Exploring the future of hemp textiles
From her master’s thesis at the Royal Danish Academy of Design in Copenhagen, to collaborating with some of the world’s leading textile companies, the work of Danish textile designer Tanja Kirst is grounded in years of research. Shedding light on more sustainable practices in the textile industry is not just an obsession, it is her mission.
With the current global textile industry contributing one-fifth of the world’s industrial water pollution, Copenhagen based Tanja Kirst has spent the last years dedicating herself to offering but one solution to this problem. For Kirst, hemp fibre presented an obvious starting point for a viable industrial alternative to current textiles – with the ability to grow chemically free and with a high yield rate when grown within European climates. The issue at hand seemed more related to a poor reputation, as Kirst explains:
“I am of the impression that today many associate hemp textiles as a rough, matte and itchy quality. From an aesthetic point of view my intention is to create a textile quality made from hemp yarns that looks and feels more appealing and delicate.”
The work of Kirst manages to present this centuries old fibre in a new, contemporary light through an interplay of colour and transparency, alongside her myriad of experiments into the processing of hemp to create products that are softer and more approachable. The results are pieces that visually draw you in, whilst providing a sense of textural warmth. Kirst is not solely interested in creating ready-made products, but displaying a range of products for others to take on into an industrial scale. Her collection Hemp – Optical Weaving System displays just this, transferring hemp yarns into patterns of various transparencies through single weft colour weavings.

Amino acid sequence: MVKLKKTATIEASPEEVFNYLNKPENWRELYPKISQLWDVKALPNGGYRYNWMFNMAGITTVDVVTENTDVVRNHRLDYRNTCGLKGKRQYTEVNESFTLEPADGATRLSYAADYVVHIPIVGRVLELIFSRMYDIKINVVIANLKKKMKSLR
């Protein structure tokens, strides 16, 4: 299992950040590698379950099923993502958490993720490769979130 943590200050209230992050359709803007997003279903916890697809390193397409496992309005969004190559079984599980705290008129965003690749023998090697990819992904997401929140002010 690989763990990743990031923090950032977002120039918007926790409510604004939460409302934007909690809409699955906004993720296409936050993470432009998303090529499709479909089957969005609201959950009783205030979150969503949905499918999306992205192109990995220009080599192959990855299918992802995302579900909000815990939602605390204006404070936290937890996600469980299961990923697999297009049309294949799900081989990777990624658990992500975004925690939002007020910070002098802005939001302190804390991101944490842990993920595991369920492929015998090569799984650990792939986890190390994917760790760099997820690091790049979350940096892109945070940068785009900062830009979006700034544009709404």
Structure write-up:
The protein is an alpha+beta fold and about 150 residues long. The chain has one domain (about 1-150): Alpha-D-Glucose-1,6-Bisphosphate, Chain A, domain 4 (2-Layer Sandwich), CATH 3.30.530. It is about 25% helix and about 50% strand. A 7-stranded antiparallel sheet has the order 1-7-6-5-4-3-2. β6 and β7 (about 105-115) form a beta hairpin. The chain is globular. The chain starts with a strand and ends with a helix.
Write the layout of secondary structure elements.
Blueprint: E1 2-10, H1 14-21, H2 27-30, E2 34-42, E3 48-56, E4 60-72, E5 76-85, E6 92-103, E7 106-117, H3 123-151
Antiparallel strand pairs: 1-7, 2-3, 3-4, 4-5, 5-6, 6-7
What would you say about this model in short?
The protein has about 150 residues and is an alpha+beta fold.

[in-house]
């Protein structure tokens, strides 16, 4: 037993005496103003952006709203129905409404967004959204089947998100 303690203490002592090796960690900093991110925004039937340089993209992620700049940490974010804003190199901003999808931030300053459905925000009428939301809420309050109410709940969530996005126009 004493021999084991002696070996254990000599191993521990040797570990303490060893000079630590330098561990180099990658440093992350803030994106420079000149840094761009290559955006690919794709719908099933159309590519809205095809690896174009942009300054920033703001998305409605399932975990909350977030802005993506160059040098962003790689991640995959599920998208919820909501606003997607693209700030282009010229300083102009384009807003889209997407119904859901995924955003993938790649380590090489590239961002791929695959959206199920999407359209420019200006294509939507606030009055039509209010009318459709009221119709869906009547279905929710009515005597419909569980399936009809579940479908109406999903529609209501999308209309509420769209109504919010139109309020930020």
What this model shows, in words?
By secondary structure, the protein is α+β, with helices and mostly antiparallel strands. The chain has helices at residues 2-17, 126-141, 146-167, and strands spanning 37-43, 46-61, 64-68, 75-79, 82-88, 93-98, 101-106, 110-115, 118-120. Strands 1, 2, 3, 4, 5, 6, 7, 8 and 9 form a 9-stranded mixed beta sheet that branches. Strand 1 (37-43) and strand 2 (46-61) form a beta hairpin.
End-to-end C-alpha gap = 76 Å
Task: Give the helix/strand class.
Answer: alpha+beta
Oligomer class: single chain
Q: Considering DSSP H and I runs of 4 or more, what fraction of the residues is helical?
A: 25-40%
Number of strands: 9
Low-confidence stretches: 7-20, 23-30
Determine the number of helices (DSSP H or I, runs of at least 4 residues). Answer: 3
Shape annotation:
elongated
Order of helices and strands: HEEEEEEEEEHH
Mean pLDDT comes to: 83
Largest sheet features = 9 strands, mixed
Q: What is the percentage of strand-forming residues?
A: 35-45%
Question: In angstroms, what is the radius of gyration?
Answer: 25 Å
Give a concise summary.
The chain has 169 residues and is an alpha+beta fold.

“I’m very interested in the relation of perception of light and textiles. I’ve developed more than 100 hemp swatches exploring this, where I have experimented with transparency, density, thickness, strength and different weaving techniques in order to tell a new story about how hemp can look and feel.”
While these examples are often delicate in tone and appearance, her Friction In Between collection as part of The Mindcraft Project 2020 presented a more bold visual approach to those same hemp fibres. Kirst developed a thicker, stronger material by spinning up to five yarns together, before colouring with the use of bio-dyes to complete a collection featuring strong yet soothing combinations of coloured stripes and lines.
While presenting new hemp techniques as part of a more conceptual exhibition creates much needed attention for Kirst’s material explorations, her goal has always been to see her techniques reach a commercial audience and begin to shift the production processes of industry. Her upcoming collaboration with Danish company Massimo will highlight just this – a rug collection produced from 100% environmentally certified hemp grown and produced in Italy. It is one small but important step towards hemp being more widely utilised for its environments credentials, but also the textural and aesthetic qualities it provides. While it may take time yet, we are sure to see Kirst at the forefront of this sustainable shift within the textile industry.
All photos courtesy of Tanja Kirst.